The smell of those mushrooms hitting that hot butter…it is life, People.  As always, when cooking mushrooms give them a sprinkle of kosher salt and let them go through the full process of cooking. First they release their liquid and then the get dry and beautifully browned. Just as that liquid was starting to cook off I added generous grabs of sage, rosemary, and thyme.

Probably a hefty teaspoon of each if I was measuring. I go by smell in these cases so you may need more or less depending on the potency of your herbs.

This is where I realized that I should probably take pictures.

Once it started really smelling good, it was time to up the ante. Roasted garlic. I just smooshed it right into the mushrooms and let it cook long enough to warm it up.

If you don’t keep roasted garlic in your refrigerator for moments like these, you might need to start rethinking your life.

Very quickly I added three spoons of flour into the skillet and stirred it around. Yep, just plain spoons like you eat cereal with. You really want that flour to cook for a minute or two to cook off that raw flour taste. It’s there for thickening, nothing else.

Again, I didn’t measure… I think added somewhere between half to three quarters of one of those boxes of beef broth. Watch your labels! It is incredibly hard to find a store bought beef broth that has neither tomato product or caramel coloring. You can do it, I have faith in you.

Better yet, find someone in the community that sells Mason jars of beef broth. Hello, Heaven.

Move quick with your spatula to stir it all in because it is going to thicken up fast, but don’t be overly concerned about lumps. As the great Chef John says, “Hot roux, cold liquid, no lumps!”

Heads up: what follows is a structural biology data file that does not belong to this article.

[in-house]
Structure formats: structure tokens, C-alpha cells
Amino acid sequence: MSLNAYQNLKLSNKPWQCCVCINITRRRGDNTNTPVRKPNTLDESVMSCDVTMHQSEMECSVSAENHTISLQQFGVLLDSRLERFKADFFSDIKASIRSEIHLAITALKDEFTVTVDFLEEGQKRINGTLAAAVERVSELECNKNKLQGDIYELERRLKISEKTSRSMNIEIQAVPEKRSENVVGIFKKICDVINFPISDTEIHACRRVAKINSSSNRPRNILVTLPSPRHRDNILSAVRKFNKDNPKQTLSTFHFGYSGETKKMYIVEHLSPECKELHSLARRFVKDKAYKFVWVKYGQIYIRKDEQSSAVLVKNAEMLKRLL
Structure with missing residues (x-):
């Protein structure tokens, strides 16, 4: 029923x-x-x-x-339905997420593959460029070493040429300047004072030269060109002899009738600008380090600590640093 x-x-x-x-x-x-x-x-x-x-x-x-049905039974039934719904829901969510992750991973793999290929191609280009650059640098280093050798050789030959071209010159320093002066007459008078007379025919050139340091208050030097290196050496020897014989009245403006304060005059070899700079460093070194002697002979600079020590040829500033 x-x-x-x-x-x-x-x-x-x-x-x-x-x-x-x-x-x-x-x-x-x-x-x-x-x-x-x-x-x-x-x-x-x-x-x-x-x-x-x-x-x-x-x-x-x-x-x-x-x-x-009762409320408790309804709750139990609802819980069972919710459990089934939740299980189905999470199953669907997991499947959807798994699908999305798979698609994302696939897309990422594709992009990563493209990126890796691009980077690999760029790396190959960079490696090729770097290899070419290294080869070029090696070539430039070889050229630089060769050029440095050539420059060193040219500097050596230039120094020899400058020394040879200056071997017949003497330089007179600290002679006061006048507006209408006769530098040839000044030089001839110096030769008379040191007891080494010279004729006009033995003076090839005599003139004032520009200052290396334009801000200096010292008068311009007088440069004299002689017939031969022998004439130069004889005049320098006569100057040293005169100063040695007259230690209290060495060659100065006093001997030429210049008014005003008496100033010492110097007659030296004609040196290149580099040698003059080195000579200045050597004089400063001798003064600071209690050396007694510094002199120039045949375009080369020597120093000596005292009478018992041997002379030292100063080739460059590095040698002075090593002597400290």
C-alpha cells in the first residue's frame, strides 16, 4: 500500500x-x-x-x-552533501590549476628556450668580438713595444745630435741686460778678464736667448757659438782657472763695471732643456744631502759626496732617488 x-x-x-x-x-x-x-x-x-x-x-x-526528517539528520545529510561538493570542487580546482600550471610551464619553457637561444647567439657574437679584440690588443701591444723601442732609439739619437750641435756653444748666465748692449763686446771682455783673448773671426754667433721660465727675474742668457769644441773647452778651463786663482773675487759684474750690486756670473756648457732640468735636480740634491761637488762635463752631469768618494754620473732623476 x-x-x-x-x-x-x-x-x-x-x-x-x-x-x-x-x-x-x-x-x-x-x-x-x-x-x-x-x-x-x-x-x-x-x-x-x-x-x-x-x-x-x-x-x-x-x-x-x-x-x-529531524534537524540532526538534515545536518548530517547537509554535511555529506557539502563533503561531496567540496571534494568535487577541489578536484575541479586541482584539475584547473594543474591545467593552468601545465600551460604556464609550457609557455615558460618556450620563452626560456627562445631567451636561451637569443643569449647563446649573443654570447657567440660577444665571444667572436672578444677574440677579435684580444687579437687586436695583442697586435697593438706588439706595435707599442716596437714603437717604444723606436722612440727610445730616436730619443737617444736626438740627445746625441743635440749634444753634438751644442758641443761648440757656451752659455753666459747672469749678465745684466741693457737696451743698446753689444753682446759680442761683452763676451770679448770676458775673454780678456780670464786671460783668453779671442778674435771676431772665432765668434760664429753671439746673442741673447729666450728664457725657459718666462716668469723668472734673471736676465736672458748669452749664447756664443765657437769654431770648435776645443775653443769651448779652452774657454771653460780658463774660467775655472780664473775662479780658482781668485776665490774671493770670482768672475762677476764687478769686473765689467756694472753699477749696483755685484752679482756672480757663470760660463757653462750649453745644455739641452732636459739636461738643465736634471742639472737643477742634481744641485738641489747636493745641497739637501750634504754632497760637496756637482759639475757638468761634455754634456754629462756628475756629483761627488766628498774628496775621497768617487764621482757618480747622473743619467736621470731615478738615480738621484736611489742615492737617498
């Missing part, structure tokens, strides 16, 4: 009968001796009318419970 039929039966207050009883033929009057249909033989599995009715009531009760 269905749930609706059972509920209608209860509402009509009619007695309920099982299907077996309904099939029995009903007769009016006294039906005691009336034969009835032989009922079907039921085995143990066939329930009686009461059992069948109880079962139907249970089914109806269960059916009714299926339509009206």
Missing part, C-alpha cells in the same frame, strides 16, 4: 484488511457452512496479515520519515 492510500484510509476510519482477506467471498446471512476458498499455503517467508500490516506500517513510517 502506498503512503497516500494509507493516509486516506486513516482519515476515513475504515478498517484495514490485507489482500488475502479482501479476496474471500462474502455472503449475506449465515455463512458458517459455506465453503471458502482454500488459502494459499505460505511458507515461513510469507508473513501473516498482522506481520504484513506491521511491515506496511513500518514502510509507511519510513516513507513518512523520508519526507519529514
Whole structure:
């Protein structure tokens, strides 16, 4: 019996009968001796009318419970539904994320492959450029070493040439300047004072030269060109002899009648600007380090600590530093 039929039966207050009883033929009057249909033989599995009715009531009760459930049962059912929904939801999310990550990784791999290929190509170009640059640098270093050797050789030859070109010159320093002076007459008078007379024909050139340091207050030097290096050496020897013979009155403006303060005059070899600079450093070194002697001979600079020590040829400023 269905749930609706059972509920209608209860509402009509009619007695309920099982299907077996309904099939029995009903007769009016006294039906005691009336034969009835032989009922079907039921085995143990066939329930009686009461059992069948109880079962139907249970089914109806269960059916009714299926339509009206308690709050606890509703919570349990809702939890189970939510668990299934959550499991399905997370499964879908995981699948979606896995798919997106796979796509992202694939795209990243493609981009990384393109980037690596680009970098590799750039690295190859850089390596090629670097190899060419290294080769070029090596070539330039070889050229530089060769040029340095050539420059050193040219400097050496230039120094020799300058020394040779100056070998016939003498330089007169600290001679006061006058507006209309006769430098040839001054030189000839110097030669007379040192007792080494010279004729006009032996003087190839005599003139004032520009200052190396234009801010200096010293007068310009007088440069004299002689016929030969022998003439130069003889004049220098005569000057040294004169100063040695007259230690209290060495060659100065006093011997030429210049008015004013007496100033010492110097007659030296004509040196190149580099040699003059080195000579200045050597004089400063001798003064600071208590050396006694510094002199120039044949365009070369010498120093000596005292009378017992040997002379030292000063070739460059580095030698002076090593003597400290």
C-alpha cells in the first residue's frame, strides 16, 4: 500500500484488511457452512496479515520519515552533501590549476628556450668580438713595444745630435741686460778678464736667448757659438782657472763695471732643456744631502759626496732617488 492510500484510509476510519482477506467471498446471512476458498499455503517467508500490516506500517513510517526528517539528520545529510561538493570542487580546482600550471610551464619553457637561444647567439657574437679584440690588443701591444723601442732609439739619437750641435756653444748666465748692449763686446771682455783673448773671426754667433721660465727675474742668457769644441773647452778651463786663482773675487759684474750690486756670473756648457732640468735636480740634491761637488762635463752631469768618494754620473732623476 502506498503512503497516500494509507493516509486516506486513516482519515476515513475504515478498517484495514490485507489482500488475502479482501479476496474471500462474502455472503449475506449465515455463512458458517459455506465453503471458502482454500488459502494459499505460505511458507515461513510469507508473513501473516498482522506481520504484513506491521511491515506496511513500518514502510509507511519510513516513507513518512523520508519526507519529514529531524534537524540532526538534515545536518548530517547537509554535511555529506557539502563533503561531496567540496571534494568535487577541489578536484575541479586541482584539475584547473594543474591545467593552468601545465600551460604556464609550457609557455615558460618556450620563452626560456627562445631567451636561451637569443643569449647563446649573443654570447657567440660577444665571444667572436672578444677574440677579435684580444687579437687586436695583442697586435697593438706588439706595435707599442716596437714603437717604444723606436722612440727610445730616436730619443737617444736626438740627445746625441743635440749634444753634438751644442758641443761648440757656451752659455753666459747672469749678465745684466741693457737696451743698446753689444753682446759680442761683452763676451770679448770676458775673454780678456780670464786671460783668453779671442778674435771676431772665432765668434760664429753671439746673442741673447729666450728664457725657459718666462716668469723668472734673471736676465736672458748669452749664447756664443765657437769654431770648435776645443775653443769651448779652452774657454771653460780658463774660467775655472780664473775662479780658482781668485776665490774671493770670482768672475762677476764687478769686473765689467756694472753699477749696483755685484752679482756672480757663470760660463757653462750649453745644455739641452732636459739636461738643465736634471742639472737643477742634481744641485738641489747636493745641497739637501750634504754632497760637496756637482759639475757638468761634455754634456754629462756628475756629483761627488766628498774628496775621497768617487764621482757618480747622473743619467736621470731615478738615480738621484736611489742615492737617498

Then add in however much cream makes you slightly uncomfortable. I might’ve added more but I wanted to save some for my mashed potatoes and these perfectly ripe blackberries that I just picked up.

And that’s it! Our gravy is done!

Let’s slide our meatloaf into the gravy, and…

Time to put the baby in the oven!

I might have said that out loud and scared my children.

Kitchen witch problems. Hansel and Gretel gave us such a bad reputation.

Anywho. I let mine brown for about twenty minutes or so. No measurements means no timers, right?

After that I basted it with that amazing gravy whenever the mood struck.

Probably three or four times over the course of an hour and a half.

Long enough at any rate for the internal temperature to reach 160.

It was a little denser than I would have liked. And definitely a little more on the hot pepper side than I would have intentionally made it, but the flavor was absolutely amazing. It was almost absurd how well the heat from the peppers played off the creaminess of the gravy and the earthiness of the mushrooms. And the underneath all of it was just the hint of roasted garlic.

Y’all.

It was so good. All four kids went back for seconds, and Momma has the tiniest piece leftover for lunch tomorrow. With maybe a dollop of mashed potatoes. It’s ridiculous. But they don’t know about the cream and blackberries I hid in the outside fridge so I’m not complaining too loudly.

If you give the vague directions a try, let me know how it turns out. And remember…write down your experiments so you can share better with your friends.

Bright Blessings, Y’all!

1 thought on “A Kitchen Experiment Gone Ridiculously Right (No Tomato Meatloaf)”